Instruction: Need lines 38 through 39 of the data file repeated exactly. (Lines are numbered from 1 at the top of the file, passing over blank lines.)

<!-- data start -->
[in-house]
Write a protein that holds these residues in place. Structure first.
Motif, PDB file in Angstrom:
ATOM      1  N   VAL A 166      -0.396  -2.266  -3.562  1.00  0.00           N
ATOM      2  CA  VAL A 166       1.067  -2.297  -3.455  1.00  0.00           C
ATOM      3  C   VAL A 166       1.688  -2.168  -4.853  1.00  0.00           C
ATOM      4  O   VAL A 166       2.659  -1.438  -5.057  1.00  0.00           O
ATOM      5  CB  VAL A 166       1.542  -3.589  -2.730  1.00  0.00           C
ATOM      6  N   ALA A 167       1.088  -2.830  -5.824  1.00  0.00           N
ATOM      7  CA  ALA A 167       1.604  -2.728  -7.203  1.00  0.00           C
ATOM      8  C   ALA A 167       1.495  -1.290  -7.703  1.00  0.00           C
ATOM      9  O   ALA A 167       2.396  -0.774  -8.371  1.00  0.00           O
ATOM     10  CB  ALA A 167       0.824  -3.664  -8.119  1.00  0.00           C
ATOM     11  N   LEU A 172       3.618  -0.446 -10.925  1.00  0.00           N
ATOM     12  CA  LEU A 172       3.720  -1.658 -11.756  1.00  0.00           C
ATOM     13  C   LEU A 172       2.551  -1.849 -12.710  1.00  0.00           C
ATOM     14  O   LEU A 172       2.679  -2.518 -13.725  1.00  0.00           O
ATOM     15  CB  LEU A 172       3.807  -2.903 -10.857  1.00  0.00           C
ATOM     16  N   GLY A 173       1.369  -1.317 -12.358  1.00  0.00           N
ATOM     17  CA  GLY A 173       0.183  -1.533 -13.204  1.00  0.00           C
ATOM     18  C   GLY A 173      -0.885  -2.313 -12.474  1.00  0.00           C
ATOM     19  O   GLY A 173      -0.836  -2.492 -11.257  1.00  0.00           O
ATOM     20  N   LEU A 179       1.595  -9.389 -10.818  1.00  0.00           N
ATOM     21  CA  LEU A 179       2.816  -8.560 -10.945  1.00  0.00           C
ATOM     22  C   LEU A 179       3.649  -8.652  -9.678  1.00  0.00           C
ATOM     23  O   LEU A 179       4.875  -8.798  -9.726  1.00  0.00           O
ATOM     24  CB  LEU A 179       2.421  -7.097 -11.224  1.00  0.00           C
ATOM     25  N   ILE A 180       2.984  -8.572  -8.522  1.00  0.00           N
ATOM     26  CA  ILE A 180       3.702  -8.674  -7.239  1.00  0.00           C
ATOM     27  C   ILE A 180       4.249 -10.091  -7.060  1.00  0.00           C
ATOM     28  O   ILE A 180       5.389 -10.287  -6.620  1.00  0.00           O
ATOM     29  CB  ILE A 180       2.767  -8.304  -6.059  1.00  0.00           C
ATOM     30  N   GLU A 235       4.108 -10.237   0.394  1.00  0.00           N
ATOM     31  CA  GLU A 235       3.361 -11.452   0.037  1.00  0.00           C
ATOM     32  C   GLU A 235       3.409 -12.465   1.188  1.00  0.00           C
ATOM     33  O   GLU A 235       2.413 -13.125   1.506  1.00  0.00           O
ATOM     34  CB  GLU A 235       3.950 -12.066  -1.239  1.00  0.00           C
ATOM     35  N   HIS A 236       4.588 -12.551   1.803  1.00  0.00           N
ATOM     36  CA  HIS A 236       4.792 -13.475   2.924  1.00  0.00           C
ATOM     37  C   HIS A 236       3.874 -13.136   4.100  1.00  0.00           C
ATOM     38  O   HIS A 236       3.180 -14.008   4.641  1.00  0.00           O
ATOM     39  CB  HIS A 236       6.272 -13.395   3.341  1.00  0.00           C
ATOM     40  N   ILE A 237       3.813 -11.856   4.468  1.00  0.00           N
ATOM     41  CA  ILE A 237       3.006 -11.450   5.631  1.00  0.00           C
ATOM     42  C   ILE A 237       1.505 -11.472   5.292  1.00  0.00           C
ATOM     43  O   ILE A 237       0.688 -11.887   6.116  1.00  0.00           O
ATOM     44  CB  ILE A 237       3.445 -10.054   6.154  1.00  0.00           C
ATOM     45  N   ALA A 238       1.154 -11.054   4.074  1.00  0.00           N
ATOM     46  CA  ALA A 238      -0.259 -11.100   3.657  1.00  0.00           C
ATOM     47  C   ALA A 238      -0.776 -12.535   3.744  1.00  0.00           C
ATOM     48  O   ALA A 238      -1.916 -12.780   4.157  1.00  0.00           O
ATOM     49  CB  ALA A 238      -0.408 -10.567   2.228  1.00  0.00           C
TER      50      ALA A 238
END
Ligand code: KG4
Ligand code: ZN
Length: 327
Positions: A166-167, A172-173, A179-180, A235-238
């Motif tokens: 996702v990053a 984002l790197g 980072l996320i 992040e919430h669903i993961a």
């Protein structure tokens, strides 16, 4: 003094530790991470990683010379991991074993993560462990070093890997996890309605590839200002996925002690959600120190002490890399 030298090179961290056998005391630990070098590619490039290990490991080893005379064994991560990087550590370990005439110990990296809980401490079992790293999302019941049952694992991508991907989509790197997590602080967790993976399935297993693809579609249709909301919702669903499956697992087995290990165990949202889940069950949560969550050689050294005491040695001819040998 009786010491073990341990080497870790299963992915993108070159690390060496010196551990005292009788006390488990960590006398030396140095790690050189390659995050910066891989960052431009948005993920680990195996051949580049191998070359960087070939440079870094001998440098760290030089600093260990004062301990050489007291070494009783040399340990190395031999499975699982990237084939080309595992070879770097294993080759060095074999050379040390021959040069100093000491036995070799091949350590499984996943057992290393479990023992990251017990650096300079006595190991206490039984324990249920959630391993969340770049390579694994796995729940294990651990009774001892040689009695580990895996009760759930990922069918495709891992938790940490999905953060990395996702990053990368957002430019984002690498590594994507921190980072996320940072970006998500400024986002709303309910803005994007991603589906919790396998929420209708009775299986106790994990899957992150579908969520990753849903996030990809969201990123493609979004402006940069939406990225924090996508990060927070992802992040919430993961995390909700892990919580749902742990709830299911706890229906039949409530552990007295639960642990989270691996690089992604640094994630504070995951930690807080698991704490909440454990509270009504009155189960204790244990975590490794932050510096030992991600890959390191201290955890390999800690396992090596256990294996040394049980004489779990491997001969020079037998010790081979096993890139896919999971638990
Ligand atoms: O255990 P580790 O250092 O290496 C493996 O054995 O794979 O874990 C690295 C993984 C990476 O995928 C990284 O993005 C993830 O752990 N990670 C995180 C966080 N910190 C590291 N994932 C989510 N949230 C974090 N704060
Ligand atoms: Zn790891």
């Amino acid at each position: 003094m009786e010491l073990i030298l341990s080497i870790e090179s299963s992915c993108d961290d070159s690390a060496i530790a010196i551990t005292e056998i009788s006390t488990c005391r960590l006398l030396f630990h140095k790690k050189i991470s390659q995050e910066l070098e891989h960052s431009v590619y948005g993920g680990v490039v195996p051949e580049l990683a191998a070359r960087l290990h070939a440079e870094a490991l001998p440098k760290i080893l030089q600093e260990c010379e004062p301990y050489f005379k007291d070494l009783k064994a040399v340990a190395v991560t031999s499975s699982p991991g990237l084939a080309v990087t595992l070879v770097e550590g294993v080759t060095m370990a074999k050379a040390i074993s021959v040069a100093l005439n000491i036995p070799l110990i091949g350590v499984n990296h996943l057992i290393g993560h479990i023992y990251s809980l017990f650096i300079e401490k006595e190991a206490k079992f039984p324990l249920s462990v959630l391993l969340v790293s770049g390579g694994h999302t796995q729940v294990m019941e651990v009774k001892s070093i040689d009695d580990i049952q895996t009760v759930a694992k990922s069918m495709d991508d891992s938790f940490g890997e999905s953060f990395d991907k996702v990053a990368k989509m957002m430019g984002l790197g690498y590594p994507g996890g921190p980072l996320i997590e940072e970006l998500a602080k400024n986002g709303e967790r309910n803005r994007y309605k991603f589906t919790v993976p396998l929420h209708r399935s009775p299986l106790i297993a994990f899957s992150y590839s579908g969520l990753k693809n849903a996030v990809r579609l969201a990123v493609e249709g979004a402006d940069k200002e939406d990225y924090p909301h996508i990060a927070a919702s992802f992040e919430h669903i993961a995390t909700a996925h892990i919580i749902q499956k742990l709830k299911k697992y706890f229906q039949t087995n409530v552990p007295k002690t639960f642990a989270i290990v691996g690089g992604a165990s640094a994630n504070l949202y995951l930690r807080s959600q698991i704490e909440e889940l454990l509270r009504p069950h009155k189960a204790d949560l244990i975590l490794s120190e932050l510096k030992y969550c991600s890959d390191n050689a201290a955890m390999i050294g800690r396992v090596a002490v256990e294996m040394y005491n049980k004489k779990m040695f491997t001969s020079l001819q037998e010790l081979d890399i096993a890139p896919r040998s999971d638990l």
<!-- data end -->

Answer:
ATOM     35  N   HIS A 236       4.588 -12.551   1.803  1.00  0.00           N
ATOM     36  CA  HIS A 236       4.792 -13.475   2.924  1.00  0.00           C